Experience-dependent plasticity of dopaminergic neurons facilitates reward-specific signalling

Year of award: 2022


  • Dr Annie Park

    University of Oxford, United Kingdom

Project summary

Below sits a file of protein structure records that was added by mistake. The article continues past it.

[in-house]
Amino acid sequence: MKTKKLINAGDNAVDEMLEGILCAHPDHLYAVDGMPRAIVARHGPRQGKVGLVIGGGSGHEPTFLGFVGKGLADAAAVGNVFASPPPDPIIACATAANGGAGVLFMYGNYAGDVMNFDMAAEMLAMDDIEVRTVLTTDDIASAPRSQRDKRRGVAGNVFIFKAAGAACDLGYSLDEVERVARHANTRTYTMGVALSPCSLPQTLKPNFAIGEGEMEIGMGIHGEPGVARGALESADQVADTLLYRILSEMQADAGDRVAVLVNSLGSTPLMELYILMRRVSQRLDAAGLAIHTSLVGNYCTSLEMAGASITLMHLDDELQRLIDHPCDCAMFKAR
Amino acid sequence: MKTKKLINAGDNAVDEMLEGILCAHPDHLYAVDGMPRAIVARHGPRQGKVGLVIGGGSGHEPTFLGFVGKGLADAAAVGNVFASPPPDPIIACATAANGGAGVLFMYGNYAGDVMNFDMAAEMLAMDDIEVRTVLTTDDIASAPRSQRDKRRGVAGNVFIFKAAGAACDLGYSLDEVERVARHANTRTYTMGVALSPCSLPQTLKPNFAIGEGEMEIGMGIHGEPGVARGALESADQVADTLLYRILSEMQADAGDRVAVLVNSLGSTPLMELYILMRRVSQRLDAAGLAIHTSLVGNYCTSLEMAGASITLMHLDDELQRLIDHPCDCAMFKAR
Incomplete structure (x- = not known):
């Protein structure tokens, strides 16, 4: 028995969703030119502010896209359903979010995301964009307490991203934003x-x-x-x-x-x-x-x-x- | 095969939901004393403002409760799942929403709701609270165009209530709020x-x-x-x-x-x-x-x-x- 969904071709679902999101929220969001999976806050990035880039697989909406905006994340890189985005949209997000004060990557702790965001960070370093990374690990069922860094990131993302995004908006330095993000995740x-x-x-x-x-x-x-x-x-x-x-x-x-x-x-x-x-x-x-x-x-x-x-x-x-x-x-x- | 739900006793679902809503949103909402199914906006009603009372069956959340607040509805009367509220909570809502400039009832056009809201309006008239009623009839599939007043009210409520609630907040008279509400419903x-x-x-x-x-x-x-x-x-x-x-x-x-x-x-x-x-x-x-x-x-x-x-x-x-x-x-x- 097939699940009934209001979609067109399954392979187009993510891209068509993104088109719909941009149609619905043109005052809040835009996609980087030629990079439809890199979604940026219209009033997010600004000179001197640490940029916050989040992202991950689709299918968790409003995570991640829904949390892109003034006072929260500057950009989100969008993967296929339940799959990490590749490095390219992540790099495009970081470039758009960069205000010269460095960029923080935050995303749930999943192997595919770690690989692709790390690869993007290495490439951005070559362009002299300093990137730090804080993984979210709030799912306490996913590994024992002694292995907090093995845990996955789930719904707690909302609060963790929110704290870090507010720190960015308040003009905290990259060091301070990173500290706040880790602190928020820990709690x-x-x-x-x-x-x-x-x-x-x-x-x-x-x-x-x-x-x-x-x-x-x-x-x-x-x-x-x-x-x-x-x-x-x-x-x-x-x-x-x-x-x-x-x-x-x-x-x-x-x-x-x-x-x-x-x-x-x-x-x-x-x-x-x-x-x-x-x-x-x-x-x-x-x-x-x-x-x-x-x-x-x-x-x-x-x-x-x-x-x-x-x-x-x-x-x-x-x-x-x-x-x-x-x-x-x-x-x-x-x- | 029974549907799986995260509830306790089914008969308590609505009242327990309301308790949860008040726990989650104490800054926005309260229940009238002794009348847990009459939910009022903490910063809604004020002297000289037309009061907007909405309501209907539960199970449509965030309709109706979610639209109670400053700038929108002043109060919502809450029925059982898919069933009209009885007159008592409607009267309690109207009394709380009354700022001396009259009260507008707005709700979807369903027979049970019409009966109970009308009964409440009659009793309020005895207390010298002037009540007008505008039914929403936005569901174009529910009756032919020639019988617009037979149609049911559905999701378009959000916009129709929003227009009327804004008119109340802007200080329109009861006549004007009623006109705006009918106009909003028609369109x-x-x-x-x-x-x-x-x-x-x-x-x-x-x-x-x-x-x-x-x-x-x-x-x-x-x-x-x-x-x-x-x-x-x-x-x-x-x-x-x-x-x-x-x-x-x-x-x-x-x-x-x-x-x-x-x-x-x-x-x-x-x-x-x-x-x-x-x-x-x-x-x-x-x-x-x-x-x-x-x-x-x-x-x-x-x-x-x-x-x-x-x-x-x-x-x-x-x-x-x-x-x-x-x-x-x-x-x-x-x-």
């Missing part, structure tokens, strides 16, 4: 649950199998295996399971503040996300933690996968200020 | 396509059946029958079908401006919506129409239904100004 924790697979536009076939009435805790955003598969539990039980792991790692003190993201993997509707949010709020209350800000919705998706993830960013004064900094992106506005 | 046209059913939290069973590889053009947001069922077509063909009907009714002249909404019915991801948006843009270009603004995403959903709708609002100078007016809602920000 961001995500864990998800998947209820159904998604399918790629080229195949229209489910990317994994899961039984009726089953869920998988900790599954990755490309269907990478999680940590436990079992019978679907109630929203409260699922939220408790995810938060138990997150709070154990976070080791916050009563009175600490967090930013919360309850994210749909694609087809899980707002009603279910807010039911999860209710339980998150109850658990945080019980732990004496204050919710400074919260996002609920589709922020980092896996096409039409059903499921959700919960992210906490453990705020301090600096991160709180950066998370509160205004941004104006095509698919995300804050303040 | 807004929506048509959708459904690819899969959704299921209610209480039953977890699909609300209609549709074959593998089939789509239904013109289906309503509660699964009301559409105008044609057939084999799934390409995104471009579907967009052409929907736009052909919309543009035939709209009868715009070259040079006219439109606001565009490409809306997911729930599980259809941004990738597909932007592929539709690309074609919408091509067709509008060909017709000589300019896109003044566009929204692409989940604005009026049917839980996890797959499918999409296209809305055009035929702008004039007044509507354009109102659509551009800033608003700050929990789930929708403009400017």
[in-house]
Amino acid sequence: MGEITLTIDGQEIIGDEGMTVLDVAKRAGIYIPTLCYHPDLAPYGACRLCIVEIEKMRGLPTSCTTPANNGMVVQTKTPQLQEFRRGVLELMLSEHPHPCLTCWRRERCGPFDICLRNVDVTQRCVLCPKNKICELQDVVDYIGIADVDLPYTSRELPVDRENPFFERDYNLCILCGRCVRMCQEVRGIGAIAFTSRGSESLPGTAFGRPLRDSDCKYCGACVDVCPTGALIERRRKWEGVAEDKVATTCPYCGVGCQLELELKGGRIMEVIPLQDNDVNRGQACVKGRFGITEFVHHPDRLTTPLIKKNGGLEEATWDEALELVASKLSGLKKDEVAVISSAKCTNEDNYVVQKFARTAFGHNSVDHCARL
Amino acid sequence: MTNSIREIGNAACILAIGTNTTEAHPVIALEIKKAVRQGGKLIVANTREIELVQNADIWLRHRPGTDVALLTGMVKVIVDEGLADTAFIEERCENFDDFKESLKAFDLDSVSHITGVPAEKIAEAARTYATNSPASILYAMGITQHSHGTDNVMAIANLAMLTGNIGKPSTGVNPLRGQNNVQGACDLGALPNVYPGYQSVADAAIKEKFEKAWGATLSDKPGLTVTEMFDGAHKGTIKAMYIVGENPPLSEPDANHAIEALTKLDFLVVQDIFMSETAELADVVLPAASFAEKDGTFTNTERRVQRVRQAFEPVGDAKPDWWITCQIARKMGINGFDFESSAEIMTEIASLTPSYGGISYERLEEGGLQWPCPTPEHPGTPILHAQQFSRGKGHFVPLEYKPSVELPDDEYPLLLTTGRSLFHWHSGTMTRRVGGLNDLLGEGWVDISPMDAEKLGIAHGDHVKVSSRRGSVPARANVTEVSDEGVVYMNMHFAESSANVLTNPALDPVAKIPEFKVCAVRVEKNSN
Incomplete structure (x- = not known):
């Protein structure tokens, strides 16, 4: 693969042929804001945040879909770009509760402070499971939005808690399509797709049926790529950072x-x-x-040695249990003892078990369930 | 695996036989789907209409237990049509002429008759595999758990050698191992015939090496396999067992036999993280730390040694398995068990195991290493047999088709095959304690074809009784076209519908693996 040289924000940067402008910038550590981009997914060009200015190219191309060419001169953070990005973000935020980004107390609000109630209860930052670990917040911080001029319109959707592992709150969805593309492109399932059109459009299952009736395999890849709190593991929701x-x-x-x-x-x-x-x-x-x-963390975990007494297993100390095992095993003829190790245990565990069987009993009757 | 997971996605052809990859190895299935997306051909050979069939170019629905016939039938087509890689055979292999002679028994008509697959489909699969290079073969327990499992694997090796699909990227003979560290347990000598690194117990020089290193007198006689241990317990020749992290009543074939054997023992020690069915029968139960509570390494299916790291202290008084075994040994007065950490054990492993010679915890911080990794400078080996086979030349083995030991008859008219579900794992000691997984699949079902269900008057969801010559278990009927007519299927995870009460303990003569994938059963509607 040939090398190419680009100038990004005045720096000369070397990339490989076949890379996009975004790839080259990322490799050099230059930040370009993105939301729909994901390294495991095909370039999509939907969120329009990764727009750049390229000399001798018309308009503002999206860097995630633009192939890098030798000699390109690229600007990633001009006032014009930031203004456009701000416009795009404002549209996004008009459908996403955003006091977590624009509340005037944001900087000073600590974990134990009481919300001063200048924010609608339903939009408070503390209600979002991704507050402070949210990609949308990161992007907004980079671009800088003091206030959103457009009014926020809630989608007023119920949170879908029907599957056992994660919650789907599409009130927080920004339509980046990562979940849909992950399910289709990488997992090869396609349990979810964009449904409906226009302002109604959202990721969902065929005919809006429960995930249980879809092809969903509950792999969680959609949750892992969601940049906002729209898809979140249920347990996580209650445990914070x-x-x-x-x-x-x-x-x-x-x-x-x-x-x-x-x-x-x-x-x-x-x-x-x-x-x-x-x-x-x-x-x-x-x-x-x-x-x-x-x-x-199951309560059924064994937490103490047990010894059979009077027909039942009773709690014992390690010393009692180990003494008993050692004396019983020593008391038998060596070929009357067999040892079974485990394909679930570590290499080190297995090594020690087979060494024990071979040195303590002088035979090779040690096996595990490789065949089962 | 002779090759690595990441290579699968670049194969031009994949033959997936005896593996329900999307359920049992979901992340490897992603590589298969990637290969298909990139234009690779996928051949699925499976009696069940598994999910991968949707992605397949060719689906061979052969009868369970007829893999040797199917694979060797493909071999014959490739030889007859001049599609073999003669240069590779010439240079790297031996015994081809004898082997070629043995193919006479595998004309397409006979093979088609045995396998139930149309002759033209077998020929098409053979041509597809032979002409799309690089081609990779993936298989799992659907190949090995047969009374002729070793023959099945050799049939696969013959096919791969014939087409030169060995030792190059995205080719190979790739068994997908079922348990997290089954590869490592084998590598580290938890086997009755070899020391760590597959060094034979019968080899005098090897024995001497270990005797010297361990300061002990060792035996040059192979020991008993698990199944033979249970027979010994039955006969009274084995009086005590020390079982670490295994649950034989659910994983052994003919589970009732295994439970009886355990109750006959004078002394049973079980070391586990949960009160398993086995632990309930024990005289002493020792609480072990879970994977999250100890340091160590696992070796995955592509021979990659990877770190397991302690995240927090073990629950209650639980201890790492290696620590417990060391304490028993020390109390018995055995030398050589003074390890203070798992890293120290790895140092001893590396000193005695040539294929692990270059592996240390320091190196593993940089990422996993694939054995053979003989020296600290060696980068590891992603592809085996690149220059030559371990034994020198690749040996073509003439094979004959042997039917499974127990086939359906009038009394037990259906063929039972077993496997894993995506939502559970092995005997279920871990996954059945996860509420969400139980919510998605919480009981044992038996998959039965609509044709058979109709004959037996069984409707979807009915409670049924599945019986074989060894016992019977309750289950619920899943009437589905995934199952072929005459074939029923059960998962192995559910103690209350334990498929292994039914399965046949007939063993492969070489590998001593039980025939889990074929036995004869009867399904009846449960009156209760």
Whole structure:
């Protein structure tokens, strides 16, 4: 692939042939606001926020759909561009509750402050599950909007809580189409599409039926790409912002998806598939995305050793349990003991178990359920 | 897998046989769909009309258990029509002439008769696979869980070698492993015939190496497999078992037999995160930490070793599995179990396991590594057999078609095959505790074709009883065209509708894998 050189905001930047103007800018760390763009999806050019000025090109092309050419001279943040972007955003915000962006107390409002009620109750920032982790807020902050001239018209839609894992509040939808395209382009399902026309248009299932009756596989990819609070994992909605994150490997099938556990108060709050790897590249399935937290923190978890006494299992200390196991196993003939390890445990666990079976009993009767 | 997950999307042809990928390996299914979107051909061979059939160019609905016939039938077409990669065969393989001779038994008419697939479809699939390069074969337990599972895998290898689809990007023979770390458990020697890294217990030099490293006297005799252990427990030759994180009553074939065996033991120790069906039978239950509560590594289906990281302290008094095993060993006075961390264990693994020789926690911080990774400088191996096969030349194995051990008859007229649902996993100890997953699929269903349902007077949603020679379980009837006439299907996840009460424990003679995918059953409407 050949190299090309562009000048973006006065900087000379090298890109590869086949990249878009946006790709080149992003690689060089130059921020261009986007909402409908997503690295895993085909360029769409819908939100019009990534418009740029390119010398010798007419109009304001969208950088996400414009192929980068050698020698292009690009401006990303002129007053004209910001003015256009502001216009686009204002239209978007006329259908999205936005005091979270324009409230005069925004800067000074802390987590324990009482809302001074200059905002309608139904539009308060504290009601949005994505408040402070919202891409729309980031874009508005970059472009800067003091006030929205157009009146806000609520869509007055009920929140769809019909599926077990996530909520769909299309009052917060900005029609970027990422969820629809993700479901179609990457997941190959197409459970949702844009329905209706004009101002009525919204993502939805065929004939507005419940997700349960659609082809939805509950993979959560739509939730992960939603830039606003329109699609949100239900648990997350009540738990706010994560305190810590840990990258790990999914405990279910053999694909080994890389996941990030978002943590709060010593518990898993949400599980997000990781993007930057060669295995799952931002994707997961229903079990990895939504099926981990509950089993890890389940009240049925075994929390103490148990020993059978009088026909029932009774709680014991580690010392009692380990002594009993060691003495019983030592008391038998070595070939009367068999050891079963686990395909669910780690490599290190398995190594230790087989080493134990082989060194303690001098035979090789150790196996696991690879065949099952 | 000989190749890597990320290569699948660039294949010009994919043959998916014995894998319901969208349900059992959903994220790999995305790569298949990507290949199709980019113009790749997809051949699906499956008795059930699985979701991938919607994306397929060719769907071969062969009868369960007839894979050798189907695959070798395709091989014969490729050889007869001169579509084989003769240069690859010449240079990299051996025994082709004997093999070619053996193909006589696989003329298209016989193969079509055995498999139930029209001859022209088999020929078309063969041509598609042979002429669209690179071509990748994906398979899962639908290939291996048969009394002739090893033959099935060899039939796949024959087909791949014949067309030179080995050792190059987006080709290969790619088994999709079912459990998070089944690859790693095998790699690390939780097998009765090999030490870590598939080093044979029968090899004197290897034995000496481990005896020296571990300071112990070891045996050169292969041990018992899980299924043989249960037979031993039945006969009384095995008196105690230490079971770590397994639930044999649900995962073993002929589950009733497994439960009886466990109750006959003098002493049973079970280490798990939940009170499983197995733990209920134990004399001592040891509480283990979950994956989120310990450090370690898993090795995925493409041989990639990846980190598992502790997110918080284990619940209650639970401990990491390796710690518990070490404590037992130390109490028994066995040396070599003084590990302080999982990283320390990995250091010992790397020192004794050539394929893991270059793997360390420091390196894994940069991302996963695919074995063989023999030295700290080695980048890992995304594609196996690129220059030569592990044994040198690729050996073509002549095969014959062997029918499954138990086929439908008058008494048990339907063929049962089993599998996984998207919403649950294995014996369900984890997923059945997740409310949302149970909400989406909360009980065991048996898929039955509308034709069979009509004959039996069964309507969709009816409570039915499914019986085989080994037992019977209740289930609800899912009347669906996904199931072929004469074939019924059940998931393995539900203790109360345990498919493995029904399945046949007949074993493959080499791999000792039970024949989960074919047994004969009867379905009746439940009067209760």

Animals can form predictive associations of environmental cues with the availability of rewards such as food or sex, which aids future resource procurement. Across phyla dopaminergic neurons are central to coding of predictive associations. However, it is poorly understood how dopaminergic neurons encode cue and the reward information and how they distinguish between different types of reward and deprivation states. For instance, animals that are hungry are more likely to seek food associated cues while ignoring sex associated cues, but it is unclear how neural mechanisms permit these adjudications. It is therefore essential to determine how satiation states influence the robustness of reward signals. Anatomy and transcriptomics have established that dopaminergic neurons are heterogeneous which raises the possibility that distinct dopaminergic neuron subtypes provide reward-specific roles in these motivational processes. This proposal aims to understand neuronal mechanisms that allow satiation state to gate behavioural approach of a reward associated cue, at the level of single dopaminergic neurons using behavioural neurogenetics and in-vivo electrophysiology. The results will have relevance across phyla for understanding how the brain encodes reward. These findings will also inform how dysregulated reward-seeking can give rise to disease states such as addiction and depression.